5. Cross-Over Dribble Tutorial

  • Published: 2012-07-20T14:02:07+00:00
  • Duration: 43
  • By Ray Fleser
Cross-Over Dribble Tutorial

This video tutorial teaches you how to do a Cross-Over Dribble with a basketball. This technique is a critical skill that allows someone to dribble in either direction around a defender. It is a basic skill that is usually practiced and refined early in a basketball career and is continued in the highest levels of play. One should be comfortable dribbling in each hand in order to properly perform this skill. -Dribble the ball with one hand -When the cross over is needed, perform a bounce-pass to the other hand -Maintain dribbling with the receiving hand Refining this skill will greatly improve your basketball "game" and ability to evade defenders and get to the basket in position to score. Instructed by Audrey Thorpe Video produced by Ray Fleser Annotated by Ray Fleser


6. How to do a Butterfly Kipping Pull-Up

  • Published: 2013-06-09T21:41:34+00:00
  • Duration: 160
  • By Ray Fleser
How to do a Butterfly Kipping Pull-Up

This video tutorial teaches you how to do Butterfly Kipping Pull-Ups. BKPUs are the most advanced progression of the Kipping Pull-UP, which are a more efficient way to perform the Strict Pull-Up. Like the traditional Kipping Pull-Up, the BKPU utilizes hip extension to transform horizontal movement into vertical movement. Unlike the tradional Kipping Pull-UP, the BKPU is a continual motion. On a KPU, you stop yourself once your chin is over the bar. You also stop yourself when transfer from the open to close position, or hollow position. Combined, the KPU has two stoppages, or breaks in momentum. The BKPU has no stoppages, therefore the momentum is continuous and more efficient. To do a BKU: -Start in a dead hang on the bar, with your arms slightly wider than shoulder width, and your hands in an overhand grip. -Move your feet in a backwards, circular motion. This motion is continuous throughout consecutive BKPUs. -As you feel your hips extend and your body become light, pull up. -Once you have reached you highest point, allow yourself to move forward as you come down. -Repeat. Your feet are the most important part of the BKPU. If your feet break the backwards-circular motion, you will not be able to get into rhythm. From the side, your head should be moving in a forwards circular motion. Your highest point should be BEHIND the bar, NOT over it. If you try and do BKPUs with your chin over the bar, you will crush your jaw. For efficiency in meeting the standard (chin above the bar) looking straight up will help you reduce several inches from your range of motion. Be careful as you come forward not to hit your chin on the bar. FLESERFITNESS is not responsible for anyone hurt or injured attempting anything seen here. Video instructed, produced and annotated by Ray Fleser


7. Hypertrophy, Strength and Power: Session 2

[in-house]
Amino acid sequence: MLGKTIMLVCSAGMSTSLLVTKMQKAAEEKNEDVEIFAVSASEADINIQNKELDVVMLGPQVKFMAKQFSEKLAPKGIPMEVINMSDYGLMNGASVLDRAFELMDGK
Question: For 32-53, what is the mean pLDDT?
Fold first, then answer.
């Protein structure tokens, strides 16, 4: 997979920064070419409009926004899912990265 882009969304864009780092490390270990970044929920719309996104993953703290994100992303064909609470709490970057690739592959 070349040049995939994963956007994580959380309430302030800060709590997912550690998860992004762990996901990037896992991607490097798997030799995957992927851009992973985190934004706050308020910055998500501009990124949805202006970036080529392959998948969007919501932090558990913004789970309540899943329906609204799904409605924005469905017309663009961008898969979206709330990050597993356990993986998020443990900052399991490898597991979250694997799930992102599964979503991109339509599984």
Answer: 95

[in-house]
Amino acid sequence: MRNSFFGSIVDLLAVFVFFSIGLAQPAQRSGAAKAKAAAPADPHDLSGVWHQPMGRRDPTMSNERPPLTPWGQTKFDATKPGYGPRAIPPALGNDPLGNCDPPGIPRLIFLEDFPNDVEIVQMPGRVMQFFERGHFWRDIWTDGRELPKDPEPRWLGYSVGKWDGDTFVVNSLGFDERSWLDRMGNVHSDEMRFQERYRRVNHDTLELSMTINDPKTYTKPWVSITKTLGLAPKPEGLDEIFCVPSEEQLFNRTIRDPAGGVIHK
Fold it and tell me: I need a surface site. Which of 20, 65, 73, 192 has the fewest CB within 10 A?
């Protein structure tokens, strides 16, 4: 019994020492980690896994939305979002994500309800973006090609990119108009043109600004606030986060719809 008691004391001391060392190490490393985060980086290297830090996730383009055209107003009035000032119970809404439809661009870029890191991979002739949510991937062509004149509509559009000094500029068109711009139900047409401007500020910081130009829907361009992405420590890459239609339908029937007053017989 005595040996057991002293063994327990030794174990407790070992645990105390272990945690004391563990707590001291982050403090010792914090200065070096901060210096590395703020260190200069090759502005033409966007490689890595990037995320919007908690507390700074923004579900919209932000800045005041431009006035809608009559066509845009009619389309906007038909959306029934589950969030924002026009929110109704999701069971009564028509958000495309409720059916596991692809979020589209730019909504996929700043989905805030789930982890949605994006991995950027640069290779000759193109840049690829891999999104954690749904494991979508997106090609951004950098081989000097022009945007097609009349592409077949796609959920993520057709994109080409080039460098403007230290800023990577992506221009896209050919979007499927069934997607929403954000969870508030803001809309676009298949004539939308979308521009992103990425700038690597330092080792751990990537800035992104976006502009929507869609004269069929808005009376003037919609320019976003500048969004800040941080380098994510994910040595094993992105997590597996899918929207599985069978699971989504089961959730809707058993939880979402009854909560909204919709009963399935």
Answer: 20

• Published: 2013-06-03T02:38:41+00:00
  • Duration: 184
  • By Ray Fleser
Hypertrophy, Strength and Power: Session 2

This video teaches you how to do HSP-2, or the second of four sessions in a Hypertrophy, Strength andPower program. This program was originally designed by David Danker and Alan Ozdamar. It was then prescribed to the Maccabi USA Rugby team, in preparation for the 2013 Maccabiah Games. HSP-2 is apower movement routine, with emphasis on the upper body. HSP-2: Bench Press (use thick bar if available): 5 sets of 3-5 (work up to a 3-5 max) Reverse Grip Pull-Ups (Chin-Ups): 5 sets of 3-5 (adjust assistance/resistance to achieve a 3-5 rep max) Super Set or Drop Set: Dumbbell Bench Press, Rennegade Rows and Band Face-Pulls: 3 sets of 12 Dumbbell Curl-to-Press: 1x30 (each hand) 3 Round AFAP: MedBall Rotational Overhead Slams: 10 (each side, heavy ball) Dynamic Planks (Plank Saws if you have a slide board): (30 seconds) Lateral Bear Crawls: 10 Steps (each side) Sprints: Continue reading. Be sure to rest at least 90 seconds between each set on the Bench Press and Reverse Grip Pull-Ups. Let your body recover sufficiently to perform each set at maximum work capacity. DO NOT RUSH THESE MOVEMENTS! This is a basic Push/Pull technique; the two movements do no interfere with each other, regardless of how exhausting. The Super Set or Drop Set is performed at a much faster work rate. Use 30-60 second rest periods between sets. Decrease your load as you progress and keep up with the brink of failure. This follows the basic Push/Pull technique, incorporating a "burnout" movement at the end (the band pulls). The 3 Round AFAP is a basic full body dynamic progression. The slams can be done with a heavy ball (demonstrated in this video with a 35lb slam ball) or a lighter ball (be aware of your medball's bounce!). These are performed at maximum power and speed. Set yourself into an athletic position before each rep so you can explode through the movement properly. Do not get sloppy in lieu of the AFAP. The Dynamic Planks are a slightly isometric movement. They have much less ROM than the other movements. Just keep the core tight, keep your back flat, and move for 30 seconds. On the bear crawls, do your best to keep your back straight; try not to arch up, or "roll" your spine (vertebral flexion). Bend your knees and try to keep your butt down; don't lock out your knees. Try not to cross your arms or your legs. The Sprints: Rugby team divided into two groups with specific programming. As a flanker, I demonstrated this as a "Loose Forward." For both groups, your only break is the walk you take back to the starting line. Forwards: 5x10m 5x15 5x20 5x25 Backs and Loose Forwards: 5x20m 5x30m 5x40m 5x50m FLESERFITNESS is not responsible for anyone hurt or injured attempting anything seen here. Video instructed by Ray Fleser Video produced by Ray Fleser Video annotated by Ray Fleser Music: "Hysteria" by Muse